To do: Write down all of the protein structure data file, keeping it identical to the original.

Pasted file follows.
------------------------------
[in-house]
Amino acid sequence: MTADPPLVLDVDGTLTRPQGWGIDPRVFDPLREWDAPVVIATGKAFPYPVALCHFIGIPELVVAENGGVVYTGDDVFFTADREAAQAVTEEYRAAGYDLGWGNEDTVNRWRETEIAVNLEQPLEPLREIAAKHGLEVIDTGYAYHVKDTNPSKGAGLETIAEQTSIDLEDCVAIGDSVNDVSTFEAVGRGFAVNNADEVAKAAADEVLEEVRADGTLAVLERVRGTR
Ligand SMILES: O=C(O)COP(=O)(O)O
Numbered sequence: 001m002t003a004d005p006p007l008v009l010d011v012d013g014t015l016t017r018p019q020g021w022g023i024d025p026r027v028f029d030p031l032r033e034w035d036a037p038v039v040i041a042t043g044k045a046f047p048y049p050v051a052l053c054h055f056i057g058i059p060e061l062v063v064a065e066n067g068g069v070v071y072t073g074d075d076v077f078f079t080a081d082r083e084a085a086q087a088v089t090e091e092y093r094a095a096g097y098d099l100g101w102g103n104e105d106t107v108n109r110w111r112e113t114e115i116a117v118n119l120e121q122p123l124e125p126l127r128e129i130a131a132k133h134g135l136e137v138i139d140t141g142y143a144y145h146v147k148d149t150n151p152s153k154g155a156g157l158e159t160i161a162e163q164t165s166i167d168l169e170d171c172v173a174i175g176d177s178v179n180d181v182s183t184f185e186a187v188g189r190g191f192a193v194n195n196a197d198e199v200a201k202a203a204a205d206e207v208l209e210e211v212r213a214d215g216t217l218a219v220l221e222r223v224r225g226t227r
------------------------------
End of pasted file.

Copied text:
[in-house]
Amino acid sequence: MTADPPLVLDVDGTLTRPQGWGIDPRVFDPLREWDAPVVIATGKAFPYPVALCHFIGIPELVVAENGGVVYTGDDVFFTADREAAQAVTEEYRAAGYDLGWGNEDTVNRWRETEIAVNLEQPLEPLREIAAKHGLEVIDTGYAYHVKDTNPSKGAGLETIAEQTSIDLEDCVAIGDSVNDVSTFEAVGRGFAVNNADEVAKAAADEVLEEVRADGTLAVLERVRGTR
Ligand SMILES: O=C(O)COP(=O)(O)O
Numbered sequence: 001m002t003a004d005p006p007l008v009l010d011v012d013g014t015l016t017r018p019q020g021w022g023i024d025p026r027v028f029d030p031l032r033e034w035d036a037p038v039v040i041a042t043g044k045a046f047p048y049p050v051a052l053c054h055f056i057g058i059p060e061l062v063v064a065e066n067g068g069v070v071y072t073g074d075d076v077f078f079t080a081d082r083e084a085a086q087a088v089t090e091e092y093r094a095a096g097y098d099l100g101w102g103n104e105d106t107v108n109r110w111r112e113t114e115i116a117v118n119l120e121q122p123l124e125p126l127r128e129i130a131a132k133h134g135l136e137v138i139d140t141g142y143a144y145h146v147k148d149t150n151p152s153k154g155a156g157l158e159t160i161a162e163q164t165s166i167d168l169e170d171c172v173a174i175g176d177s178v179n180d181v182s183t184f185e186a187v188g189r190g191f192a193v194n195n196a197d198e199v200a201k202a203a204a205d206e207v208l209e210e211v212r213a214d215g216t217l218a219v220l221e222r223v224r225g226t227r